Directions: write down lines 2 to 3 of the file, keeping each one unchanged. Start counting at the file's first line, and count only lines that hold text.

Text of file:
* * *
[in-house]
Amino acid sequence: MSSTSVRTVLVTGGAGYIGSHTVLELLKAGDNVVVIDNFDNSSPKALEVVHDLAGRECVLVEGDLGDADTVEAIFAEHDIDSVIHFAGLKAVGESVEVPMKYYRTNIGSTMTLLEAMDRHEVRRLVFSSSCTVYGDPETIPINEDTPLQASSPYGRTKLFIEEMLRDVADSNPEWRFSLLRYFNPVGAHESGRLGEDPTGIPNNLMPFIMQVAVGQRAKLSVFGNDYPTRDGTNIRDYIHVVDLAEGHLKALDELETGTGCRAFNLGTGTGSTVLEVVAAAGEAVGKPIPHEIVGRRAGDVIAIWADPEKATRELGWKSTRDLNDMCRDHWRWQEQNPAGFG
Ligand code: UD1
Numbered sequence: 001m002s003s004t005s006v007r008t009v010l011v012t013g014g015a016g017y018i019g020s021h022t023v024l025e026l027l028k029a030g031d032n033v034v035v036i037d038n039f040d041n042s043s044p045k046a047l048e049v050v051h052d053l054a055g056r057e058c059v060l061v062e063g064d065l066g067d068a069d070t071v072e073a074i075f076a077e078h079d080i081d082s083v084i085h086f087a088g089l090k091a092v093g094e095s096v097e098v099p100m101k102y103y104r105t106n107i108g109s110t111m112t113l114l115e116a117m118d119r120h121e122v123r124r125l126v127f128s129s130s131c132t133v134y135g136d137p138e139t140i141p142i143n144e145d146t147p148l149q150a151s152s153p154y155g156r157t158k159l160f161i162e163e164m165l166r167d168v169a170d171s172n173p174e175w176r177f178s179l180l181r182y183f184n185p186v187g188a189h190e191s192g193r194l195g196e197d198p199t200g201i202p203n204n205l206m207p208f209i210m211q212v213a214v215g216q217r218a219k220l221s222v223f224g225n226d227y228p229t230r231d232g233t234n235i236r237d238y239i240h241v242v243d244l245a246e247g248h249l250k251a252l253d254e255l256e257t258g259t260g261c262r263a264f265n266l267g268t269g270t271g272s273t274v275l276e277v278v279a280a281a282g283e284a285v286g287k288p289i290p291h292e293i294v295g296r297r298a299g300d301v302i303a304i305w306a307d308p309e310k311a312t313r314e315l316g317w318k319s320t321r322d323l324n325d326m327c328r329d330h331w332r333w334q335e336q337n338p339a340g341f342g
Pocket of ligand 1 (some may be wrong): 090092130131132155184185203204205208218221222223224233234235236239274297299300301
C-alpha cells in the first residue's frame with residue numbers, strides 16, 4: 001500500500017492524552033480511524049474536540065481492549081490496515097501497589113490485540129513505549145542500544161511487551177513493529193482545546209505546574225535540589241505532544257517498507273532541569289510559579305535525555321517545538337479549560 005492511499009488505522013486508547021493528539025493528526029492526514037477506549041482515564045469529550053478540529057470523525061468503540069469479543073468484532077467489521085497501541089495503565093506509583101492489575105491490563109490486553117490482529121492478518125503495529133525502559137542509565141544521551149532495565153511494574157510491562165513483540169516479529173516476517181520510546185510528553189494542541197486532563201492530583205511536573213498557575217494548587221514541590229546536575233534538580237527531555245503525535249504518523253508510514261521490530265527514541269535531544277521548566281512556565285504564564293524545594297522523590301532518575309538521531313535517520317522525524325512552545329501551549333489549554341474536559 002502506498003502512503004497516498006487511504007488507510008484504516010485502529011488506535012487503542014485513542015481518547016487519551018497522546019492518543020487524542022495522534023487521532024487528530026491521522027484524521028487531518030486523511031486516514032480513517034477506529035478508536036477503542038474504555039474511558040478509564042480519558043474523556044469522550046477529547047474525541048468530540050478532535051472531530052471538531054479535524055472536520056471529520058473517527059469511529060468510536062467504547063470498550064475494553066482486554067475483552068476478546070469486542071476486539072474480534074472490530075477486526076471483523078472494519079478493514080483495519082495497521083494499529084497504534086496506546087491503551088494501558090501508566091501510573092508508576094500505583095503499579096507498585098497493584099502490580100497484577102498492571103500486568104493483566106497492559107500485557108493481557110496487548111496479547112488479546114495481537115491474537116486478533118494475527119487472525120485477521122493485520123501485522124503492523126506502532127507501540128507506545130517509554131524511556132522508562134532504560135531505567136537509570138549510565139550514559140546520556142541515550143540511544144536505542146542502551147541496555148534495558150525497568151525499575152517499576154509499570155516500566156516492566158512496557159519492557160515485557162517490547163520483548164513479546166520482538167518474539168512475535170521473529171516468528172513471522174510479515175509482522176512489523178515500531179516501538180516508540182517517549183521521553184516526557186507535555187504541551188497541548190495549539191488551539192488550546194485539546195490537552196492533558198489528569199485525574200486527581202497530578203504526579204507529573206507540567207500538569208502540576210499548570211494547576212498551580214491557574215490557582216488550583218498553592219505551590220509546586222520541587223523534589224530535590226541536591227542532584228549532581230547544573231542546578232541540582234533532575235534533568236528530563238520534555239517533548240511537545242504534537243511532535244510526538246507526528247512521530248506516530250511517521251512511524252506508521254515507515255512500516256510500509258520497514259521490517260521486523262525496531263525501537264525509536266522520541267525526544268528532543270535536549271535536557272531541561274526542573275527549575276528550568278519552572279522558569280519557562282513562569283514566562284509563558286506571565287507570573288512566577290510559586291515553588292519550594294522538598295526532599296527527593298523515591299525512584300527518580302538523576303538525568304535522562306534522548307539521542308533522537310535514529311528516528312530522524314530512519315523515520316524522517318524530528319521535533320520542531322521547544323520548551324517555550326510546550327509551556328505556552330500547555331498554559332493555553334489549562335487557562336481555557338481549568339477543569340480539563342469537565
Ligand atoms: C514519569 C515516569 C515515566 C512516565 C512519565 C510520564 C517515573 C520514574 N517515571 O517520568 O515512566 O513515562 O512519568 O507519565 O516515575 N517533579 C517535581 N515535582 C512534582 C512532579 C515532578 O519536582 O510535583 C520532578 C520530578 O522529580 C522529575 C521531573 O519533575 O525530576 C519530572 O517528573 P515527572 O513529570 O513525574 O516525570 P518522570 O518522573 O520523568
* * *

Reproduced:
Amino acid sequence: MSSTSVRTVLVTGGAGYIGSHTVLELLKAGDNVVVIDNFDNSSPKALEVVHDLAGRECVLVEGDLGDADTVEAIFAEHDIDSVIHFAGLKAVGESVEVPMKYYRTNIGSTMTLLEAMDRHEVRRLVFSSSCTVYGDPETIPINEDTPLQASSPYGRTKLFIEEMLRDVADSNPEWRFSLLRYFNPVGAHESGRLGEDPTGIPNNLMPFIMQVAVGQRAKLSVFGNDYPTRDGTNIRDYIHVVDLAEGHLKALDELETGTGCRAFNLGTGTGSTVLEVVAAAGEAVGKPIPHEIVGRRAGDVIAIWADPEKATRELGWKSTRDLNDMCRDHWRWQEQNPAGFG
Ligand code: UD1